Do you want to be a writer? Join me as I write. I share the good, bad, and ugly of putting the story together, getting it published, and learning how to promote it. I share my thoughts and feelings, my good ideas and bad ones, what works and what doesn't.
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Books are like old
friends. I enjoy their company anytime. I can turn to them in the midst of
troubling times and find comfort.
I have been thinking about the books that have shaped me into the person and writer I have become. I’m not talking about the Bible or self-help books. To me, the Bible is the ultimate life shaper. But no, I have been thinking
about fiction. Books I’ve read throughout my life.
When I carefully consider why I have such fond memories
of these books, I realize the joy I found in them went well beyond the story. If
you have been following my blog you know I have a goal to work on two books for
children this month. One book I first drafted as a teacher. The second I wrote
for my grandchildren.
Can I write a book children
will enjoy and treasure for a lifetime?
To help me answer that question I decided to look at a few
of my all time favorite children’s books. What was it that made me appreciate
them? What elements do they have in common? What made me want to read them over
and over until the covers were worn and falling apart?
Heidi Mine was the
Golden Book version. I loved the Swiss mountains, Grandfather, the goats. I
loved the way Heidi helped Clara walk again. And of course, I loved Peter. Even
as a child, I harbored the romantic notion that Peter and Heidi would grow up,
fall in love, and live happily ever after.
Nancy Drew I was a proud member of the Nancy Drew
Mystery club. I lived on a farm at the time. Each month a new book would arrive
in the mail. What a treat! I would change from my school clothes into my play
clothes, grab my book and climb into my favorite tree to read. I never
questioned why the books never came in a wrapping of any sort. Years later I
learned my mother, who reads everything would retrieve the book from the
mailbox and read it before I got home. Nancy Drew solved mysteries. She was a
confident teen character. I looked up to her. By the way, I read one those
books recently. I learned they were definitely written for a younger age group.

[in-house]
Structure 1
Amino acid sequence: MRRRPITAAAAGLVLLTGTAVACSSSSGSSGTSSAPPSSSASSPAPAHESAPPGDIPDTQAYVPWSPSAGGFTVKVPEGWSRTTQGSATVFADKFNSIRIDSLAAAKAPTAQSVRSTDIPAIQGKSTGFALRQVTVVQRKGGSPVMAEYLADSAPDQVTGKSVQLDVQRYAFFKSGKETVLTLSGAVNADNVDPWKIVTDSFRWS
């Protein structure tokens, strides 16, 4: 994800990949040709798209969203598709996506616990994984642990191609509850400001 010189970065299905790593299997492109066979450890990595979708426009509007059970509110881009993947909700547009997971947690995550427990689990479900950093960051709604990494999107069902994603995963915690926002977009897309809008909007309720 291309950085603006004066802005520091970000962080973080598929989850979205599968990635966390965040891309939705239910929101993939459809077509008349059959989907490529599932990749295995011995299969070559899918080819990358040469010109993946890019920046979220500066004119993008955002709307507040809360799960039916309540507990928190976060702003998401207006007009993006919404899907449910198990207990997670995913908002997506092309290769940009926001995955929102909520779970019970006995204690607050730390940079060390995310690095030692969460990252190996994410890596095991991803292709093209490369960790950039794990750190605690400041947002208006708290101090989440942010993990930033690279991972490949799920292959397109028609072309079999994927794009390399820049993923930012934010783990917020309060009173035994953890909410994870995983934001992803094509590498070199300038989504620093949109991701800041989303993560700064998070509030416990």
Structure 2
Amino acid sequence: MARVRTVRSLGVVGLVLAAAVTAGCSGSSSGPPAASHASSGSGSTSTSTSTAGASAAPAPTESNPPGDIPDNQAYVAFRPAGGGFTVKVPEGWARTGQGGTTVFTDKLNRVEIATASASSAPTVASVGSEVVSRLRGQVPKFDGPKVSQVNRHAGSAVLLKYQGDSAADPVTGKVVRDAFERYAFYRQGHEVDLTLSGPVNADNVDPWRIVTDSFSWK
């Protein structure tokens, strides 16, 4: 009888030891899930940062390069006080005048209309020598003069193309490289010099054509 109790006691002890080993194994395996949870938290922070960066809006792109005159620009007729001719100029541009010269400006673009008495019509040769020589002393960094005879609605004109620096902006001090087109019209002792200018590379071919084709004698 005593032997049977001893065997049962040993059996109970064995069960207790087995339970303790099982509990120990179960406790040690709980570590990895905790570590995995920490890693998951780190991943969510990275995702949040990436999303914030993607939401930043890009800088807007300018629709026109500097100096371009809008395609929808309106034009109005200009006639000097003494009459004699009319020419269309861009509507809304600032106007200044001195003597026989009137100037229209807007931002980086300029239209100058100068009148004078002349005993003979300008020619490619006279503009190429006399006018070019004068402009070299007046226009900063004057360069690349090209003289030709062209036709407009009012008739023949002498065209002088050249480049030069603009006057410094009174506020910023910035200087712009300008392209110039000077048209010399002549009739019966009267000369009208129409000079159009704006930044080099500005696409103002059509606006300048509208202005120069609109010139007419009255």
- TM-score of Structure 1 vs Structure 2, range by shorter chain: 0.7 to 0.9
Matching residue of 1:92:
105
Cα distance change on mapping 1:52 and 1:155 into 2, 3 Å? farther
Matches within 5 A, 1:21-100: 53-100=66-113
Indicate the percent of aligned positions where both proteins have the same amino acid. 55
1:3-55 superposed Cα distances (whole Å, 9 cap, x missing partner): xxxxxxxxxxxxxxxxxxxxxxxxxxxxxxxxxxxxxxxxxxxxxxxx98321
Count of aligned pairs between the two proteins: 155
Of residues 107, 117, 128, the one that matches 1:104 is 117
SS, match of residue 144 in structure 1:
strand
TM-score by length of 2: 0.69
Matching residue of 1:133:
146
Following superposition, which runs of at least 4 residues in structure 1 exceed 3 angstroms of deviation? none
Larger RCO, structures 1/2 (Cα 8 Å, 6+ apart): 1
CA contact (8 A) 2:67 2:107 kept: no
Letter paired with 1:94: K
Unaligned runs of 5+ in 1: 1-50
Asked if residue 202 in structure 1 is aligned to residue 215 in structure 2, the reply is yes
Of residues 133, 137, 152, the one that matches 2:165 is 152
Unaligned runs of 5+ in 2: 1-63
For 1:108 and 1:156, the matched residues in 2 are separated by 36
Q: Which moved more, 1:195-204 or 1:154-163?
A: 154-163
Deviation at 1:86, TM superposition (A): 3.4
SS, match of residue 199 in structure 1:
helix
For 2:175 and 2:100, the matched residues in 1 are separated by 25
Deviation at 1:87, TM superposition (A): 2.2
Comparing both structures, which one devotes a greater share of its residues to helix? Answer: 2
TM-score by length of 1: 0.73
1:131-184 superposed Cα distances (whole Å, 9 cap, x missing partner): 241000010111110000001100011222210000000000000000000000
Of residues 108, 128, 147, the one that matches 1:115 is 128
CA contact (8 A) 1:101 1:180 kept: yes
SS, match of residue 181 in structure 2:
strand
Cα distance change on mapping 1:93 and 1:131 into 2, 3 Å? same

That’s okay. I still treasure memories of reading in that tree and trying to
figure out the ending.
The Monster at the End of this Book I didn’t read this book until I had children
of my own. I love the illustrations and the story line. Most of all, I loved
the surprise ending.
Ramona the PestThank you, Beverly Cleary for Ramona. I
read this aloud to first graders at the beginning of each school year. My
students could readily identify with five-year-old Ramona as she started
kindergarten. I wish it had more diversity, however.
Charlotte’s Web This is
another book I read to my students and enjoyed with my own children. It is a
book about friendship and loyalty. But I also used it to teach my students
about seasons, farm animals, and spiders. We ended the book in my classroom
with a “County Fair.” I like books that launch creativity and teach a little something along the way.
Here is what I know about the children’s books I love:
1.I like it when good wins out over evil.
2.I like twists and turns leading to a surprise
3.I like characters with whom I can identify.
Sometimes confident, often not.
4.I like books that help children learn something
without beating them over the head with it.
So can I do it? We shall see. I am working on both books.
Then I will need to learn the children’s book publishing world. Any ideas? Since my comment section isn't functioning, feel free to send me an email at firstname.lastname@example.org NOTE: You will need to type the address in your email account. It is not a live link. :(